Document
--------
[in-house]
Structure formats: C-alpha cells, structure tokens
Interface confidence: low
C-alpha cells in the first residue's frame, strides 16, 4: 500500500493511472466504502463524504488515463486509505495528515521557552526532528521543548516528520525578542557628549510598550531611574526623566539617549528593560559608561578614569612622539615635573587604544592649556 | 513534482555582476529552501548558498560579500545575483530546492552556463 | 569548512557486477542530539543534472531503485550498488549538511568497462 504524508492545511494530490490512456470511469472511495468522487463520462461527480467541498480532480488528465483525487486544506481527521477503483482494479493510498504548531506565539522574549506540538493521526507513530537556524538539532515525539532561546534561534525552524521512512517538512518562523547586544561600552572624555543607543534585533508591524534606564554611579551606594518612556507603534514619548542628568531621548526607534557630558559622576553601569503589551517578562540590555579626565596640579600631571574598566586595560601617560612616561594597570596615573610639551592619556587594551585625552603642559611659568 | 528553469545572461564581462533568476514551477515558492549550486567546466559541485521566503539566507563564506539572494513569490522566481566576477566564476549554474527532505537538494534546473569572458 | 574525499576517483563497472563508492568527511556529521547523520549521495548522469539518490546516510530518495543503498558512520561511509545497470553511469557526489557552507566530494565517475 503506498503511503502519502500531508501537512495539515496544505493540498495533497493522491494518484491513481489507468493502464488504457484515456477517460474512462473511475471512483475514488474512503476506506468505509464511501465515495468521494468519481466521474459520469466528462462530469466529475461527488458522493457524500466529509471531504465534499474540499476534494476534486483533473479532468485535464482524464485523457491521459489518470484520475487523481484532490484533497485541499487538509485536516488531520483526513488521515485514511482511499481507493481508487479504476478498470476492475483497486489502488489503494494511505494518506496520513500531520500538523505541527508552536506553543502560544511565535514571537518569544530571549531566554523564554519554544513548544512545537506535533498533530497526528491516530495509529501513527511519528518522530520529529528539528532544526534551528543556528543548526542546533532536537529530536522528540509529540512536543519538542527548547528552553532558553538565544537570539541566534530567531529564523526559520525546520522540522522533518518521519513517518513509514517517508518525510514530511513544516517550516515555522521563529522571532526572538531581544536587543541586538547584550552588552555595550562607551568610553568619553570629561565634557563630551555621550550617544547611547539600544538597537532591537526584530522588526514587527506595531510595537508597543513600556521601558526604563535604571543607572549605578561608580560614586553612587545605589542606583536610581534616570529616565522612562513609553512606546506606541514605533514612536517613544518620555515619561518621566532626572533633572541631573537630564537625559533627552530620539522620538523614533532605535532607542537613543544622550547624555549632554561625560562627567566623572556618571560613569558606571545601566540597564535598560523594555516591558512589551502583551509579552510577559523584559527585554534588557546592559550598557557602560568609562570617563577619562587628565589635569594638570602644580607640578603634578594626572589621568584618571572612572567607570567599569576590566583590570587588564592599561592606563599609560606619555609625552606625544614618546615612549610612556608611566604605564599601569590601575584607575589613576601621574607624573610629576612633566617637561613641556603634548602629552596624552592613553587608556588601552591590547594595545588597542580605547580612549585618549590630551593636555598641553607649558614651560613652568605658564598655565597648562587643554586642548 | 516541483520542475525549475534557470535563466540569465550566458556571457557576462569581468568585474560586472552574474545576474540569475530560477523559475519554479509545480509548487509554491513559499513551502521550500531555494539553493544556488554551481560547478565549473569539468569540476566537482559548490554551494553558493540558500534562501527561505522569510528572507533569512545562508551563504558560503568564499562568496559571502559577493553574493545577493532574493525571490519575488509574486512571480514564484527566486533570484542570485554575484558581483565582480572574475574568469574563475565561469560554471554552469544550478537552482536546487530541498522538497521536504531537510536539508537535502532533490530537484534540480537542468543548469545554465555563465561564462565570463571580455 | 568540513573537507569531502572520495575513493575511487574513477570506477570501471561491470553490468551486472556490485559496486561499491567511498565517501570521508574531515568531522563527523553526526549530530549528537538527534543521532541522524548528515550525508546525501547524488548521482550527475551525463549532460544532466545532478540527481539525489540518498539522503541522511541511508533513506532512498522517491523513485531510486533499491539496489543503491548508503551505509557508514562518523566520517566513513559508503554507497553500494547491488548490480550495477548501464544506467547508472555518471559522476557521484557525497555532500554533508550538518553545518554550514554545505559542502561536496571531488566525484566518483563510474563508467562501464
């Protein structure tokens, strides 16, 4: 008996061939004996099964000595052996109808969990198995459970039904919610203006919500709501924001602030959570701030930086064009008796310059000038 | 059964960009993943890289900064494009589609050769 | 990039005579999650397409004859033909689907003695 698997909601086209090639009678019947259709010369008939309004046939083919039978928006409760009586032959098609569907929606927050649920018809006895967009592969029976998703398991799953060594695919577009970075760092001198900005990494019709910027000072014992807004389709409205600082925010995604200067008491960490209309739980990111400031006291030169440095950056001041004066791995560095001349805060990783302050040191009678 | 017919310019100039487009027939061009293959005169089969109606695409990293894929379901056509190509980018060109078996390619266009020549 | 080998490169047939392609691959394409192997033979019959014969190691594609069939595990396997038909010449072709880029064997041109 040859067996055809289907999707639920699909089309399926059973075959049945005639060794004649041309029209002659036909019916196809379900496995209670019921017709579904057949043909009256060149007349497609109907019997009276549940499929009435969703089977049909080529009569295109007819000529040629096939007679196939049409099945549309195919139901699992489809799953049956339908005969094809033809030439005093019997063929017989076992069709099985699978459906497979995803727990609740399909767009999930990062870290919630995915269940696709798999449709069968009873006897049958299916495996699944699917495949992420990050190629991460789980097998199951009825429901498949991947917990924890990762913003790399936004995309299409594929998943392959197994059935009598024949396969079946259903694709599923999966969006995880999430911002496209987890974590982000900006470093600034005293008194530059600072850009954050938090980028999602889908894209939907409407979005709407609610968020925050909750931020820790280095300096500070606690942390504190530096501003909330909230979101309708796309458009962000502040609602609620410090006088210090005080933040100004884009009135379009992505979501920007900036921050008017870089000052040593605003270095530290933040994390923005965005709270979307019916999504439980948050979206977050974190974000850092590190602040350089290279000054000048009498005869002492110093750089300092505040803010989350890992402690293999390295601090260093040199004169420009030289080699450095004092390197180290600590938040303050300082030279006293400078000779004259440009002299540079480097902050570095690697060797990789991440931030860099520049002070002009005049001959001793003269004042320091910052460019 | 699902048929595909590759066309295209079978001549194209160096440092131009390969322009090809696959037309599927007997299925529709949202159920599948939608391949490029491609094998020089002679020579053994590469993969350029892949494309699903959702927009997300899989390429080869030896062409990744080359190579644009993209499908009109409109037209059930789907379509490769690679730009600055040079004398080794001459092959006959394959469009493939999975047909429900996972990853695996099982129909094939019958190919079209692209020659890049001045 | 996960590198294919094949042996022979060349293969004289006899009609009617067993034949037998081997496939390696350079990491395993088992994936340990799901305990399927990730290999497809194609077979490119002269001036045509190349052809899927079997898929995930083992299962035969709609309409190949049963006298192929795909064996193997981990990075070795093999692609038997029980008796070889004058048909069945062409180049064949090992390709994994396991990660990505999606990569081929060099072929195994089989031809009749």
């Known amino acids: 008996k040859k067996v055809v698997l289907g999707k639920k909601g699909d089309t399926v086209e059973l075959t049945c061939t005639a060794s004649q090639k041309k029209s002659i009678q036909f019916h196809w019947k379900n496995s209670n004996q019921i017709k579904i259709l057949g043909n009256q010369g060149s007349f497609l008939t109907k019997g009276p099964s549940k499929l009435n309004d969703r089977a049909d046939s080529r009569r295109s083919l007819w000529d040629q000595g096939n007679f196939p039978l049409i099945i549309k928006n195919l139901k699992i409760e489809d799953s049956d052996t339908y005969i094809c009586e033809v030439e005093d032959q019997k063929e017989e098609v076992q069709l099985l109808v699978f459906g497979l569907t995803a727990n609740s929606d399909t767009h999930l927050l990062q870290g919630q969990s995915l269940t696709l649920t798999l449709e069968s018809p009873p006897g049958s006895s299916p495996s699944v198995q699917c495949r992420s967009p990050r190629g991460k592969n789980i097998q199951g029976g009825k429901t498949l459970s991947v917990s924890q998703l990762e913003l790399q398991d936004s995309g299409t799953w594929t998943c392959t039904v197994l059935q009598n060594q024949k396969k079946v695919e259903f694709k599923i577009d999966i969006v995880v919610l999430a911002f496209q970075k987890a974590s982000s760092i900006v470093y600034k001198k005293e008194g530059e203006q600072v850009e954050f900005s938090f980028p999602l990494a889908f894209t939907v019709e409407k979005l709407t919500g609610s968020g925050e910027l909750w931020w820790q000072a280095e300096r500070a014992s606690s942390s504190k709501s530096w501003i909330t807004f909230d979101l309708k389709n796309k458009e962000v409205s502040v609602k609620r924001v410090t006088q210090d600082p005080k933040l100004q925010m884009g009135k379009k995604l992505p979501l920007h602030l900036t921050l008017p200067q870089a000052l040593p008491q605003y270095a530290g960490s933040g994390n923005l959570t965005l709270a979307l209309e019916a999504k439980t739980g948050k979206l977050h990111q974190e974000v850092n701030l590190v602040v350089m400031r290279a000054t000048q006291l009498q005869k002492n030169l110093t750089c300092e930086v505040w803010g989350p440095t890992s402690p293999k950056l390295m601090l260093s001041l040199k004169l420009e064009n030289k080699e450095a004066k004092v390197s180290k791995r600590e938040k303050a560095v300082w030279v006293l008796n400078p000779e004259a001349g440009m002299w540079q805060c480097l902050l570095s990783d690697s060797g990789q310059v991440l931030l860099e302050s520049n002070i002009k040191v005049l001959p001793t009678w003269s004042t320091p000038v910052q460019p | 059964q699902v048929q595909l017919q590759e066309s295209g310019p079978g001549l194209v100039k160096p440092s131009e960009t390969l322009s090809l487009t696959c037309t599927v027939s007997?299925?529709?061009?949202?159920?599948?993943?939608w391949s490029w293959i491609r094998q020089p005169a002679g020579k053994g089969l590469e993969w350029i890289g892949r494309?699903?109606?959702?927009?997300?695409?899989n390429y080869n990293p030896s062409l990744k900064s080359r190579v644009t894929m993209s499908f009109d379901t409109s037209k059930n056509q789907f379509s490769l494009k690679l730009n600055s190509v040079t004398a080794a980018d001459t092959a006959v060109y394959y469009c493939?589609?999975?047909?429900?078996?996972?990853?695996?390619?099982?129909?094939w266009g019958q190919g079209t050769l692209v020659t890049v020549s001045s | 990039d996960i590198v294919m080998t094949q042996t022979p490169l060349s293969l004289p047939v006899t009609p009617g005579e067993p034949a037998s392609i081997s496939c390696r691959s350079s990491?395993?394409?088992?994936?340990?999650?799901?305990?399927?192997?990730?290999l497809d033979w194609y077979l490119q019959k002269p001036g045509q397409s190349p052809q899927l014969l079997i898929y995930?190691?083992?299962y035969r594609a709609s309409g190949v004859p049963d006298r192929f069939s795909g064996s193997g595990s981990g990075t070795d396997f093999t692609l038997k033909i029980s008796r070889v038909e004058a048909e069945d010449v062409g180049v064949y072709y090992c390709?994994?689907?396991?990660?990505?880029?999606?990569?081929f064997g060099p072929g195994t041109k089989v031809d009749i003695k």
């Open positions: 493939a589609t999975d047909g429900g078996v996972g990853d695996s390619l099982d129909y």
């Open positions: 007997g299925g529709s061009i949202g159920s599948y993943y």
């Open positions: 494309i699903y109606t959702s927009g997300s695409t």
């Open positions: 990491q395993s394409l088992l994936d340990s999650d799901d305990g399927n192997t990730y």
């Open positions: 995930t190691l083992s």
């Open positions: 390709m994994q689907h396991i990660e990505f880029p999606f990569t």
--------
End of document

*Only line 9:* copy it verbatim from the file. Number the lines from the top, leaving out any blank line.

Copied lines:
């Open positions: 494309i699903y109606t959702s927009g997300s695409t």